How does a defense contractor celebrate when a third of its new contracts are classified?
Engineering and technical services contractor MacAulay-Brown is moving into new sectors of government work that it can’t discuss, but the new contracts are greatly increasing the company’s revenues, the firm’s leaders told the Dayton Daily News in an interview at its headquarters off Grange Hall Road.
The company has recently received new contracts with the FBI in counter-terrorism analysis work, federal cyber-security and classified manufacturing for the federal government in an 80,000-square-foot facility in Virginia, where employees can’t talk about where they work.
The dollars involved are significant. But company officers can’t say much more than that.
“Most of it is classified,” said Tim Lawrence, senior vice president and general manager of the company’s Advanced Technology Group. “I’d love to be able to tout everything. We’re the hero of something we can’t talk about.”
Sidney Fuchs, the company’s president and chief executive, said the business has not wavered from its local focus, even with 17 offices nationally. “MacB,” as the company is often called, is growing nationally, but it is also growing briskly in the Dayton area, company officers say.
Fuchs said when he joined the company six years ago, local officials sometimes asked him if the business planned to leave the Dayton area. After all, much of its work and contacts were anchored in Washington, D.C., and it does have an office in Alexandria, Va.
“I think the headline (of this story) is, ‘We kept our commitment,’” Fuchs said. “We didn’t move the company’s headquarters. We didn’t leave the Dayton area. We didn’t sell the company.”
“We’re continuing to grow here because we’re getting the right contracts,” Lawrence said.
When Mia Kerivan-O’Malley, MacB’s senior vice president and chief administrative officer, joined the company in 1988, there were 80 Dayton-area employees. Today, there are about 450 local workers, with 1,500 nationally.
“We’re growing right now in Dayton, significantly,” Lawrence said. “In fact, my group has been growing by at least 10 percent the last five years in a row.”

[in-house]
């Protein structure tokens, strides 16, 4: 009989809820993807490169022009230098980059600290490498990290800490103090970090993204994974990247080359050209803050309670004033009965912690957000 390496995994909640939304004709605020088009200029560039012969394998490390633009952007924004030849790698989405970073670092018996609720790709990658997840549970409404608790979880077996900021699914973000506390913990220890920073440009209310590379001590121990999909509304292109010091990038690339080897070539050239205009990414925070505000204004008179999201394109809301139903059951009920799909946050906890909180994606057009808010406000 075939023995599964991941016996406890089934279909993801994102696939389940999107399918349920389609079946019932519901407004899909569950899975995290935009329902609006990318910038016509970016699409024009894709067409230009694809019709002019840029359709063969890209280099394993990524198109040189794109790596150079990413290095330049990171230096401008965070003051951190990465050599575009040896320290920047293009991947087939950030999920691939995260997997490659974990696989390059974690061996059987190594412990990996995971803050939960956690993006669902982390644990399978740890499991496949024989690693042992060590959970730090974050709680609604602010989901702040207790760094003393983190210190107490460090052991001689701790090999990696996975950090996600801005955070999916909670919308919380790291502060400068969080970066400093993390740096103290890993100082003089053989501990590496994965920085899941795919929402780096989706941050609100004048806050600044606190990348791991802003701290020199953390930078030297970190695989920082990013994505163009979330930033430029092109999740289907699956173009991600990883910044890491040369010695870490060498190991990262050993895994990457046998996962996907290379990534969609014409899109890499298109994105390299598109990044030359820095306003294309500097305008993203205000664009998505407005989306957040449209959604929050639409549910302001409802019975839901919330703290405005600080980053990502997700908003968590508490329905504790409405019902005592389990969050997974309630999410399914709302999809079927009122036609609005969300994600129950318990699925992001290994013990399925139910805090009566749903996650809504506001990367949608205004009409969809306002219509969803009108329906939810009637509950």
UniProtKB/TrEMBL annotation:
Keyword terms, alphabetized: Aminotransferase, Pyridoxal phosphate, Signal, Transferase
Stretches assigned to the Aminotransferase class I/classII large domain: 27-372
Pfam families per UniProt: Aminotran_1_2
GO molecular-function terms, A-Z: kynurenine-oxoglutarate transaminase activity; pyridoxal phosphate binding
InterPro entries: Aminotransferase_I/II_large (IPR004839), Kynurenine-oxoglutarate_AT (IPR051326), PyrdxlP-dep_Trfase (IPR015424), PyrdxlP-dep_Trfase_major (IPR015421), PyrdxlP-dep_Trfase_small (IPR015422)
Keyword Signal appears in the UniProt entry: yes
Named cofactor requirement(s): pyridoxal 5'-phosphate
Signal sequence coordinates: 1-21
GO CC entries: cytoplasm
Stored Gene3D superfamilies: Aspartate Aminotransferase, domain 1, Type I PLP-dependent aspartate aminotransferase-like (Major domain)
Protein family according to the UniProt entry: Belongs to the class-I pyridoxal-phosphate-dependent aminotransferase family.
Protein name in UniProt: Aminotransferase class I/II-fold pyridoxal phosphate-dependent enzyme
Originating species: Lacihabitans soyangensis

In the last few years, contract awards were flattened by budgetary sequestration. But with a new presidential administration, there’s a possibility of greater defense spending — a plus for MacB.
Last month, the company saw more than $10 million in awards from the U.S. Missile Defense Agency and the U.S. Air Force Materiel Command. Earlier this month, it was named in a two-year job worth up to $11 million via a subcontract with IAP Worldwide Services Inc.
Kerivan-O’Malley said the company is picking up a mix of hardware and software development.
“It’s the type of work that really attracts the young engineering potentials,” she said. “We’ve established relationships with several universities that know we provide good work.”
Fuchs sits on the board of advisers for the Wright State University’s College of Engineering and Computer Science. Lawrence is an advisor to Wright State’s electrical engineering program.
“I am encouraged that things are picking up,” Fuchs said. “I think it’s a general vibe in the community. People hear more about defense. More intel. More defending the country. I think that narrative has cranked things up a bit.”
“We feel pretty good about what’s going to come up here for the next couple of years,” said company spokesman James Soos.
By the numbers
$11 million: Ceiling value of recent subcontract with IAP Worldwide Services, Inc. supporting the U.S. Army.
45,000: square feet, size of company’s Beavercreek headquarters.
1,500: Number of national employees.
450: Number of local employees.
17: Number of national offices.